We're apt to take that passage from Romans 12 as a purely cerebral one. But I suggest that we ought to allow the principle of transformation to spill over into the physical, practical, part of our lives. We should onsider what we do, and what we buy, as well as what we think. We should allow God to show us whether the things we do, and the things we buy, are helping us to draw closer to Him, or whether they're building a wall between Him and us.

I think that, if we have plenty, we are called to be generous. We should give to those who have need and to those we love. Even small things, which can seem almost too trivial to bother with, can make a huge difference to someone else. We should be generous with our time too - even in the small things. Since becoming churchwarden, I sometimes feel the need to sit at the back. There are a number of homeless people who sit in the lounge during services, rather than in the main part of church. I have started to go out to them during the 'Peace' before communion, to shake their hands and greet them. It's a small thing, it costs me nothing, and yet to them it does seem to make a difference - they greet me when they see me now - whether in church or around town. I'd like to think that, in that small thing, I've made one more small step towards re-integrating them into society.

But, I hear you say, what about tomorrow? How careful ought we to be to ensure that we save enough to live comfortably in our old age? I would say, let tomorrow worry about itself! we don't know when we'll die, or when the Lord might return. We should leave our future to God. If He really is God, and he really does love you, He will see that you have shelter and enough to eat.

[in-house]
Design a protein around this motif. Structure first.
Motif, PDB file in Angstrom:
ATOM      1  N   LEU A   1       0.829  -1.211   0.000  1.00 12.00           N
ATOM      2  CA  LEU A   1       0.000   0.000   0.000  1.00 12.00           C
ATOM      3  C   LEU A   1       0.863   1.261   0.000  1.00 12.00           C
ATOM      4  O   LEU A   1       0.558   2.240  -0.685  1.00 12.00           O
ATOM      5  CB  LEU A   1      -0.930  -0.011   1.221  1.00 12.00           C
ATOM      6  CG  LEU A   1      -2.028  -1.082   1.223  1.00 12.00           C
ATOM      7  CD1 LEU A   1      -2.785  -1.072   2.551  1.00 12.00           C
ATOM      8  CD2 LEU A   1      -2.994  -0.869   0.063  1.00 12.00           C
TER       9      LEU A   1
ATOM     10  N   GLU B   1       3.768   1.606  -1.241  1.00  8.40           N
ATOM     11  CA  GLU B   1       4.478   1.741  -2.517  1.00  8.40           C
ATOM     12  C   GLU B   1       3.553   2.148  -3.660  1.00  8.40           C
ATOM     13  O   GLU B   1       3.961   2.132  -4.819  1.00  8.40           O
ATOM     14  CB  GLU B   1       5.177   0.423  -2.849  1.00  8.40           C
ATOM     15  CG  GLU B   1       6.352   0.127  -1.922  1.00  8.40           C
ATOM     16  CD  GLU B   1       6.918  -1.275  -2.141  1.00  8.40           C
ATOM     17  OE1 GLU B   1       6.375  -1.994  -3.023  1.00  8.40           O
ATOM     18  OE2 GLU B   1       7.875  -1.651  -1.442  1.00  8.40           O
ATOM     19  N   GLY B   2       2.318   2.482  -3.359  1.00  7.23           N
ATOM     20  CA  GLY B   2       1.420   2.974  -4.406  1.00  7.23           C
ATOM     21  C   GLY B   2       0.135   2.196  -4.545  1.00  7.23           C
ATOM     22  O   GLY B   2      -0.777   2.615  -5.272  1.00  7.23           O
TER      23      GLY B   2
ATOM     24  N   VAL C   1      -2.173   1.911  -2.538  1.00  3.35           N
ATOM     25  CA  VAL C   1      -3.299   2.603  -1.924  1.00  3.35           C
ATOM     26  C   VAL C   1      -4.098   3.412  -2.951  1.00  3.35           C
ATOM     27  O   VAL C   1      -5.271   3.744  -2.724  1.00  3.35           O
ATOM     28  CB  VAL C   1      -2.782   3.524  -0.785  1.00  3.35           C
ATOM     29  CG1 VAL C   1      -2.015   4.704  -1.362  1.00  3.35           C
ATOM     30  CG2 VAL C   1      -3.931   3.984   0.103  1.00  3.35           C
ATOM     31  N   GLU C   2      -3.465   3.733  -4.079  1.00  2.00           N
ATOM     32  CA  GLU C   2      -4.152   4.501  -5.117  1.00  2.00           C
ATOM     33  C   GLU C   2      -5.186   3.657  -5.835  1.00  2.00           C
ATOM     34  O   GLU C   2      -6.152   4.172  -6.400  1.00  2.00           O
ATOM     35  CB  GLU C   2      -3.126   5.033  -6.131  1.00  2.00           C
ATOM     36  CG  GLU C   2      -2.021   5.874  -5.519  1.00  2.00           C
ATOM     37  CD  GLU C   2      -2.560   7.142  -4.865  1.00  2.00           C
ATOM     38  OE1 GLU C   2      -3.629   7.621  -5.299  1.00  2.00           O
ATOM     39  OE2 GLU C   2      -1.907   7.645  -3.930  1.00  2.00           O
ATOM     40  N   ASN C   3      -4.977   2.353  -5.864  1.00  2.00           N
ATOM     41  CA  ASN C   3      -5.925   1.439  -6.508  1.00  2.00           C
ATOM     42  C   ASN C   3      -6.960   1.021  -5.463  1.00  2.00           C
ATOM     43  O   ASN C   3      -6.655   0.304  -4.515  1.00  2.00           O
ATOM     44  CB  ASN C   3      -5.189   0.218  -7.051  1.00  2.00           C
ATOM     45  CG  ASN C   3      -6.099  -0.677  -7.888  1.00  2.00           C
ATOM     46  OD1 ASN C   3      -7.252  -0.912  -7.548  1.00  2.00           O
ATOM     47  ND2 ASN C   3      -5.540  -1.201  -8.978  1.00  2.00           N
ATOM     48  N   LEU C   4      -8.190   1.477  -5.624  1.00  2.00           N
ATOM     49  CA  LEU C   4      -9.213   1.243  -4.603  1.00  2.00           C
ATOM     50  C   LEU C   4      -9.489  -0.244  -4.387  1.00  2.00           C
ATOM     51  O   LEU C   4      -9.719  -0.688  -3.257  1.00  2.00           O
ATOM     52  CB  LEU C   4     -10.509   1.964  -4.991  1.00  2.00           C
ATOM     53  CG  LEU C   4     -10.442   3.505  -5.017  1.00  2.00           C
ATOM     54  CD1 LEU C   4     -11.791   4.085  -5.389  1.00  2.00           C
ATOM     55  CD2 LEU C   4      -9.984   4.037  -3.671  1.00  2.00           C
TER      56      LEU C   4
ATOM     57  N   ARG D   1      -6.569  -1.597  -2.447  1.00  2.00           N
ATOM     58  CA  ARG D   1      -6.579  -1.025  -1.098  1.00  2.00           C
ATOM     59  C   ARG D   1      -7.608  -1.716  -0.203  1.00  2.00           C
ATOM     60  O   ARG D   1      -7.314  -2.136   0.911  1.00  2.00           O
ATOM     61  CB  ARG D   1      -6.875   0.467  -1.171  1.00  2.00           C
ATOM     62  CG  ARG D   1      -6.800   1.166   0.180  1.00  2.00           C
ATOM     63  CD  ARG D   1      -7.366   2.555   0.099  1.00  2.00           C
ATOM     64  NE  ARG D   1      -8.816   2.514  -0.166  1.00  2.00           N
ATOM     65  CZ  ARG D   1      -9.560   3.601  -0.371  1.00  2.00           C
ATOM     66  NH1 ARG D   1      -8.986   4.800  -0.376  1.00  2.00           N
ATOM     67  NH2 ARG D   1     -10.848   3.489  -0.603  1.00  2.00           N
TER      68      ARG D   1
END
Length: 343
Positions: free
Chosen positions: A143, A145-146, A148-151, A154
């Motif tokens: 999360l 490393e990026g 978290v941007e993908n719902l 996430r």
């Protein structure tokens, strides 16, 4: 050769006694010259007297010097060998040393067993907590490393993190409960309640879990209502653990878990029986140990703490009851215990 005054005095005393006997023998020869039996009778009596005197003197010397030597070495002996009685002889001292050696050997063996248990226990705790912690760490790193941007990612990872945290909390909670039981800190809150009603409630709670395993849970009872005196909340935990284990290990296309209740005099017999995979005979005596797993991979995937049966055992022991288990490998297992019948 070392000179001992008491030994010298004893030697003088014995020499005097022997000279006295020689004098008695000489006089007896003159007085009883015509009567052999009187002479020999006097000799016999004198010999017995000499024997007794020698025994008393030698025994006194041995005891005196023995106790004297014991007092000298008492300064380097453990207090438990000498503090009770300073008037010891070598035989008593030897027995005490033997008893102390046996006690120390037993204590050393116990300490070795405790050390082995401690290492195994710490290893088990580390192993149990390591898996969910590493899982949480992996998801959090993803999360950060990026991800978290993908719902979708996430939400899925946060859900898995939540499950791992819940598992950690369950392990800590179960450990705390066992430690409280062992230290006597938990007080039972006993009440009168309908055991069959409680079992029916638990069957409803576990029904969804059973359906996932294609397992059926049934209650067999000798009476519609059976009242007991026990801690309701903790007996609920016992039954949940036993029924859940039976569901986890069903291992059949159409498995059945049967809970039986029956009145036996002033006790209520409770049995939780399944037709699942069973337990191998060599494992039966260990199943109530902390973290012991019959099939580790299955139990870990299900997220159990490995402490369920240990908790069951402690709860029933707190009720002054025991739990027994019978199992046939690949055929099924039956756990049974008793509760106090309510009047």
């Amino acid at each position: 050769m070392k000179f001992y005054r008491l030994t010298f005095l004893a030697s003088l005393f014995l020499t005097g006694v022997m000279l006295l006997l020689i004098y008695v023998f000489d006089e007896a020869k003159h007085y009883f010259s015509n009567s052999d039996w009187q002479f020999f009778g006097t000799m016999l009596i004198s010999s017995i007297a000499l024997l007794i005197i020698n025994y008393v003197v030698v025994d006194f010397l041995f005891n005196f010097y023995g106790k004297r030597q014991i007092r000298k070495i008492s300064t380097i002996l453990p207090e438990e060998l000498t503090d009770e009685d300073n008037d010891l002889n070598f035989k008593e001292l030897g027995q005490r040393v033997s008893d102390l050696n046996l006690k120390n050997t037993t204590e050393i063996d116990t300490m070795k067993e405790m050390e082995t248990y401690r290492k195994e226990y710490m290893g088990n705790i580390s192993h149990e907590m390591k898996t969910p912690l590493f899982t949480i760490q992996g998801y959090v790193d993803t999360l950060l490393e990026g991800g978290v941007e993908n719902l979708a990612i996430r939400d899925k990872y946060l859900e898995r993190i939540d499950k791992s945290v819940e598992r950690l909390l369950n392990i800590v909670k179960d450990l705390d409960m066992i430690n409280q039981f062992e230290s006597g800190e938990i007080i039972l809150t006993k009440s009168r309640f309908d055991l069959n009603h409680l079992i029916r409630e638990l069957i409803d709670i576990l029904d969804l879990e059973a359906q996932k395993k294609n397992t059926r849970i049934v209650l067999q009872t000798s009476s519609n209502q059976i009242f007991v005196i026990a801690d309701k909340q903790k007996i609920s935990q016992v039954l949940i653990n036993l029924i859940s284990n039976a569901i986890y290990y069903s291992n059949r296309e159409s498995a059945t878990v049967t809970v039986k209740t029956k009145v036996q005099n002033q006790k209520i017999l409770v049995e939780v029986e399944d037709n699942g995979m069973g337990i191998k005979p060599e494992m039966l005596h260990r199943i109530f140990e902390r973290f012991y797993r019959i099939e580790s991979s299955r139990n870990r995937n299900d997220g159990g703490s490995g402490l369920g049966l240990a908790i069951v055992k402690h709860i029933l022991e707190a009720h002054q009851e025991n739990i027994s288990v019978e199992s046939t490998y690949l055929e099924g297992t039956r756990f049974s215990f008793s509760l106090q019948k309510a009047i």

Therefore I tell you, do not worry about your life, what you will eat or drink; or about your body, what you will wear. Is not life more important than food, and the body more important than clothes? Look at the birds of the air; they do not sow or reap or store away in barns, and yet your heavenly Father feeds them. Are you not much more valuable than they? Who of you by worrying can add a single hour to his life? And why do you worry about clothes? See how the lilies of the field grow. They do not labor or spin. Yet I tell you that not even Solomon in all his splendour was dressed like one of these. If that is how God clothes the grass of the field, which is here today and tomorrow is thrown into the fire, will he not much more clothe you, O you of little faith? So do not worry, saying, `What shall we eat?' or `What shall we drink?' or `What shall we wear?' For the pagans run after all these things, and your heavenly Father knows that you need them. But seek first his kingdom and his righteousness, and all these things will be given to you as well. Therefore do not worry about tomorrow, for tomorrow will worry about itself. Each day has enough trouble of its own. Matthew 6:25-34

I'm not saying 'don't save', but I am saying don't become a slave to it; allowing the amassing of money to rule over your thoughts and control your actions will most likely rob you of the richness of God's blessings.

Copyright Phil Hendry, 2022